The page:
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How fast will the FOMC raise interest rates?

Investment Insights

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How fast will the FOMC raise interest rates?

With CPI inflation in the US exceeding 8% year-on-year in March and with interest rates at 0.25%-0.5% the Federal Reserve is in a tightening mode, having first hiked rates by 25bps on 16 March. But how fast might it raise interest rates from here? To address this question, it is useful to review how the Fed has behaved in past tightening episodes.

Stefan Gerlach
Stefan Gerlach

The historical record 
Relying on work dating tightening cycles by Federal Reserve staff, the analysis focuses on the six episodes since 1980. While the first five episodes evolved in broadly similar ways, the sixth tightening cycle, which started in December 2015 and was the first after the Global Financial Crisis (GFC), was much slower but also longer than the earlier five. This is not surprising: since the GFC was centred on the financial system the Fed naturally decided to proceed cautiously.

The table shows the month of the first interest rate increase, the number of months the episode lasted, the total increase in interest rates and the average increase in rates per month. The first four episodes lasted between 12 to 18 months. The episode that started in 2004 was a little longer, lasting 25 months. The longest was the post-GFC episode that lasted more than three years.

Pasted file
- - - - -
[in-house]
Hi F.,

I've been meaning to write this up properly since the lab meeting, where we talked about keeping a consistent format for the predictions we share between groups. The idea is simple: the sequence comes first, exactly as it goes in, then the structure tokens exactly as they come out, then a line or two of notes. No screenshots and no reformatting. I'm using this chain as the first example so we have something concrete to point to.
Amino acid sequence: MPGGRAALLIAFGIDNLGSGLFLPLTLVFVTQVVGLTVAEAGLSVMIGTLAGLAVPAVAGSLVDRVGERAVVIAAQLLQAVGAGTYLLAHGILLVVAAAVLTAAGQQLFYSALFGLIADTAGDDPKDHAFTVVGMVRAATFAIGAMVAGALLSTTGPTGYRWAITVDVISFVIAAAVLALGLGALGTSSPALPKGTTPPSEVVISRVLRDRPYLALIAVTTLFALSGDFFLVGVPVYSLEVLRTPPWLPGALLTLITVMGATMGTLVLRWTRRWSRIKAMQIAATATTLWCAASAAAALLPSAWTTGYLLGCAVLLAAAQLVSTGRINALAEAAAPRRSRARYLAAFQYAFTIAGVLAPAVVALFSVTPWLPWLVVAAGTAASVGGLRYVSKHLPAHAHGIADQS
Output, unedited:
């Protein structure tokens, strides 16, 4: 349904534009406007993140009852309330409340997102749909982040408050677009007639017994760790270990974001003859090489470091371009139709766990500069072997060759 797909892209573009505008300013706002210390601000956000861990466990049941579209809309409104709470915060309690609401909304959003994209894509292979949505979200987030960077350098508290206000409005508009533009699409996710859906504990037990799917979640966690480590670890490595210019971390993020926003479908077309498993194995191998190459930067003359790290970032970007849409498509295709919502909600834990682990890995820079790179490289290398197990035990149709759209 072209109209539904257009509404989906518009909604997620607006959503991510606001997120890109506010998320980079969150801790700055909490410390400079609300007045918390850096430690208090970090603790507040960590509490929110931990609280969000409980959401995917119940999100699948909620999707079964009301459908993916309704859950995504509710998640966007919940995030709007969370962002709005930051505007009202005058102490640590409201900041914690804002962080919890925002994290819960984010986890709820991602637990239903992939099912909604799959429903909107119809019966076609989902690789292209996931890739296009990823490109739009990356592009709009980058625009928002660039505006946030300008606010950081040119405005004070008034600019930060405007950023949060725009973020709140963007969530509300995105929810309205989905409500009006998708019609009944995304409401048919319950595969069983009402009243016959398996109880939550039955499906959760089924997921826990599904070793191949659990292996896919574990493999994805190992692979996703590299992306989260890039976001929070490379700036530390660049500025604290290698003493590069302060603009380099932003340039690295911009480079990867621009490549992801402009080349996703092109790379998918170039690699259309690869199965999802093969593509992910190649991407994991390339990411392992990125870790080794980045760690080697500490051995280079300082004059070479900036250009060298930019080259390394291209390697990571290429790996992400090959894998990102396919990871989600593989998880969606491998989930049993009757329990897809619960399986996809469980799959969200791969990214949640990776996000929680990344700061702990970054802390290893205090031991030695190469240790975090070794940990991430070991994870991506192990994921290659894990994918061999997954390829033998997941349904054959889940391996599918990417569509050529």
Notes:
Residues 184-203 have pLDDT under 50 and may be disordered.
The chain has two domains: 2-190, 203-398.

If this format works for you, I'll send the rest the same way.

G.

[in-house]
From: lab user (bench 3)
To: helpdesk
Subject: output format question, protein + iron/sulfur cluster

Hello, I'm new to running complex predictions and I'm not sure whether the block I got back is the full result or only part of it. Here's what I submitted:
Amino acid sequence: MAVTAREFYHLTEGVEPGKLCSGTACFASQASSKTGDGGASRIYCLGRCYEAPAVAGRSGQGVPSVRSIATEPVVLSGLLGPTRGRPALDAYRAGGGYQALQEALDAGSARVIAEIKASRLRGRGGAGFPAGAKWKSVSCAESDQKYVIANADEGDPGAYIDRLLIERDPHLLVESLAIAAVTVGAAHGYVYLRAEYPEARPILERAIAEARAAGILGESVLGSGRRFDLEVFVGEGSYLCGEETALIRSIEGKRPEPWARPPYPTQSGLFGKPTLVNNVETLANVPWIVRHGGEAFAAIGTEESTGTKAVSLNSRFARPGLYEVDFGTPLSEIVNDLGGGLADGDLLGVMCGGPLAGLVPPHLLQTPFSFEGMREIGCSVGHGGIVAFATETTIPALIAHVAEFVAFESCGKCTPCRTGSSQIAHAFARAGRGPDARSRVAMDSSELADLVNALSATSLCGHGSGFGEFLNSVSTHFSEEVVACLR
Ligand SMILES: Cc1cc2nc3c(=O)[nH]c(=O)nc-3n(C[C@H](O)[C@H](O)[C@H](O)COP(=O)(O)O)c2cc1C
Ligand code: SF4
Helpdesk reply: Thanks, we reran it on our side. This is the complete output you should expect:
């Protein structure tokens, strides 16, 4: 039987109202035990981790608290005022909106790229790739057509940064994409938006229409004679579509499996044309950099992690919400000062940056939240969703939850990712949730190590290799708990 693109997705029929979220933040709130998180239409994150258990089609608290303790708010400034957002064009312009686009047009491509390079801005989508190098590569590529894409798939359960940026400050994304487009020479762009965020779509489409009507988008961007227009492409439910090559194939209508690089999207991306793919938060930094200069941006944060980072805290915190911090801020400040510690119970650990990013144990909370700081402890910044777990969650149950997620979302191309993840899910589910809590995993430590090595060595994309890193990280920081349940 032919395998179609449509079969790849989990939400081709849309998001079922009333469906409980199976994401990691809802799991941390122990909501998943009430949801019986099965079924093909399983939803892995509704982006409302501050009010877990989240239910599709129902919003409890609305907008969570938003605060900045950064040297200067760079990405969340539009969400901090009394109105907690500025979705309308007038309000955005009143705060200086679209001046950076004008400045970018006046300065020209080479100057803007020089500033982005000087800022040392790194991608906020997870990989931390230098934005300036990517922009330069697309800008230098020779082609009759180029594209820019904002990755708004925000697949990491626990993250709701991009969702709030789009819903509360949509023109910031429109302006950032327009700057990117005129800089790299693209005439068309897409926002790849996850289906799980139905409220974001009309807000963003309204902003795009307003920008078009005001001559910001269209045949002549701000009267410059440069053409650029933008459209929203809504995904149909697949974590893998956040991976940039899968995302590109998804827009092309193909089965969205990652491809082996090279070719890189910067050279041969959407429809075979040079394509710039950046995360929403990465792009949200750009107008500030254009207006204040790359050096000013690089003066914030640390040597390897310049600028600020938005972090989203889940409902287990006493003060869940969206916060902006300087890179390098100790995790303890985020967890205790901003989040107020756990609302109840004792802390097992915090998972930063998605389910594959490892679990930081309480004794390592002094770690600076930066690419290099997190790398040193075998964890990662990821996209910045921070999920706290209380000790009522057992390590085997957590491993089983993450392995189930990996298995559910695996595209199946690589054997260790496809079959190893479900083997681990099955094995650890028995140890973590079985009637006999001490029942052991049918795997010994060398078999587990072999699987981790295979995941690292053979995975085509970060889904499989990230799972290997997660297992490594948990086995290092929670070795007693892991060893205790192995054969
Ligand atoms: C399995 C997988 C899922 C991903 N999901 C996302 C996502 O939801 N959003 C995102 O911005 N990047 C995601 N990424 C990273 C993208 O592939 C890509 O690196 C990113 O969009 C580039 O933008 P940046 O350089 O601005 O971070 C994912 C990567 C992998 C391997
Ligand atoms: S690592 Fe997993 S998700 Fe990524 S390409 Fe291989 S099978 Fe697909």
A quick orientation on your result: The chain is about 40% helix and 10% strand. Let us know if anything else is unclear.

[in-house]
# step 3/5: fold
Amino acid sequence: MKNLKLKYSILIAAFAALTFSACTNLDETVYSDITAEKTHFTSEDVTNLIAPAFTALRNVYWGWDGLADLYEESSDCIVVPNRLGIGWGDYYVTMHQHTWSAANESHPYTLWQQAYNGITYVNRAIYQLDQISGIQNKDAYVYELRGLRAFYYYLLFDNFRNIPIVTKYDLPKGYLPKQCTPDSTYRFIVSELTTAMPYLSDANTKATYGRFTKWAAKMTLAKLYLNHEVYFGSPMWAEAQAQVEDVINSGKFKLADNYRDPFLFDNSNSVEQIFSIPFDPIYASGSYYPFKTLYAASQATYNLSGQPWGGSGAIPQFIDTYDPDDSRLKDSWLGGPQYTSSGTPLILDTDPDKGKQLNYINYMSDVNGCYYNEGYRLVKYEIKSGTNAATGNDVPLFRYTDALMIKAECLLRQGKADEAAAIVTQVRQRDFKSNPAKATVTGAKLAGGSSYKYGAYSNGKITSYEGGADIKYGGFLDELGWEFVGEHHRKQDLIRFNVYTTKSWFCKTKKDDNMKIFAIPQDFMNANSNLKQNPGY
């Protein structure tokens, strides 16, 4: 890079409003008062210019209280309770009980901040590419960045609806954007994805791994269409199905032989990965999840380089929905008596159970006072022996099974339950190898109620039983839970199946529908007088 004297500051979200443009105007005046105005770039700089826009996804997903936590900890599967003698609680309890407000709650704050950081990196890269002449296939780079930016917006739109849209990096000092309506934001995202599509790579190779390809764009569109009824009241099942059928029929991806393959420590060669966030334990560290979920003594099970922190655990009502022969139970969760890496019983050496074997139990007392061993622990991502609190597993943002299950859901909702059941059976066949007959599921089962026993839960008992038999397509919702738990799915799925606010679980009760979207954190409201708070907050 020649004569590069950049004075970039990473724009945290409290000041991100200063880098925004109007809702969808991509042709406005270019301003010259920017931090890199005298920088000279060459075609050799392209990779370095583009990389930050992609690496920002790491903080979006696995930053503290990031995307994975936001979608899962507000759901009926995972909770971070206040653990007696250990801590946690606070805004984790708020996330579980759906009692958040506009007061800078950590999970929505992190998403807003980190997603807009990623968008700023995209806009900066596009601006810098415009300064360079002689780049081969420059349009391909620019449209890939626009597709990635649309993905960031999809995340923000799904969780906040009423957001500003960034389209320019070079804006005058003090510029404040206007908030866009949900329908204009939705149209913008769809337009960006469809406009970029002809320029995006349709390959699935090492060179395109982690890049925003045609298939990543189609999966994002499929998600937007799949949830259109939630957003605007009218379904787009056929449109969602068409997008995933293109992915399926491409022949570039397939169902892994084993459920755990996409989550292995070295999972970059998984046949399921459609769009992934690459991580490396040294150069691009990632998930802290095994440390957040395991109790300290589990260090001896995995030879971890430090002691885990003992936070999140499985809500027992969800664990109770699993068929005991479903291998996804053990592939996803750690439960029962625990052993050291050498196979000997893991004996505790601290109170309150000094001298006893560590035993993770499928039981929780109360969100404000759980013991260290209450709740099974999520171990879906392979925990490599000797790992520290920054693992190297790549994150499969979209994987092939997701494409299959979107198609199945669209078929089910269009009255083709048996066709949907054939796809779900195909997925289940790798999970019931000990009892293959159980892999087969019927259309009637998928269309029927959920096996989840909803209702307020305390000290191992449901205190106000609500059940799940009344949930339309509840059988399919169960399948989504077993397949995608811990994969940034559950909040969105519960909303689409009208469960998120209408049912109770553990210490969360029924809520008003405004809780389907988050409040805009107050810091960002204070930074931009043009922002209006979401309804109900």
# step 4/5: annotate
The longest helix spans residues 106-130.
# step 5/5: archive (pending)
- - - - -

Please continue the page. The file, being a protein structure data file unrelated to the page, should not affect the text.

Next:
Table 1. Average dots and fitted curves

Chart1.jpg

The table shows that these tightening cycles involved a cumulative increase in interest rates of between 1.75% and 4.25%. Interestingly, the long post-GFC episode entailed a relatively small cumulative increase of 2.25%.

Another way to compare these episodes is to look at the 'speed' of tightening, defined as the cumulative increase in interest rates divided by the length of the episode. The episodes have been broadly similar, with an average speed of tightening of 15 – 23bps per month. The exception is the post-GFC episode with an average speed of 6bps per month. 

As a rule of thumb, and disregarding the 2015 episode, the historical evidence suggests that tightening episodes last about 15 months and involve around a 3% cumulative increase in interest rates, implying a speed in the order of 20bps per month. 

What do FOMC members, and the markets, expect this time? 
Next, we turn to the question of how FOMC members and market participants think this episode of interest rate tightening will evolve. Plotting a path assuming a monthly increase of 17.3bps, which is the average monthly increase for the episodes reviewed above (disregarding the post-GFC tightening cycle), starting from March 2022 onward, the path implies an interest rate of 1.855% in December.

Interestingly, the median dot for December 2022 in the FOMC’s 'dot plot' published in March 2022 is for an interest rate of 1.875%. Thus, the FOMC expects to raise interest rates in a manner compatible with the historical record. Furthermore, the median FOMC member expects interest rates to peak at 2.75% at the end of 2023, which matches very well the historical record of tightening cycles involving about a 3% increase in interest rates in total.

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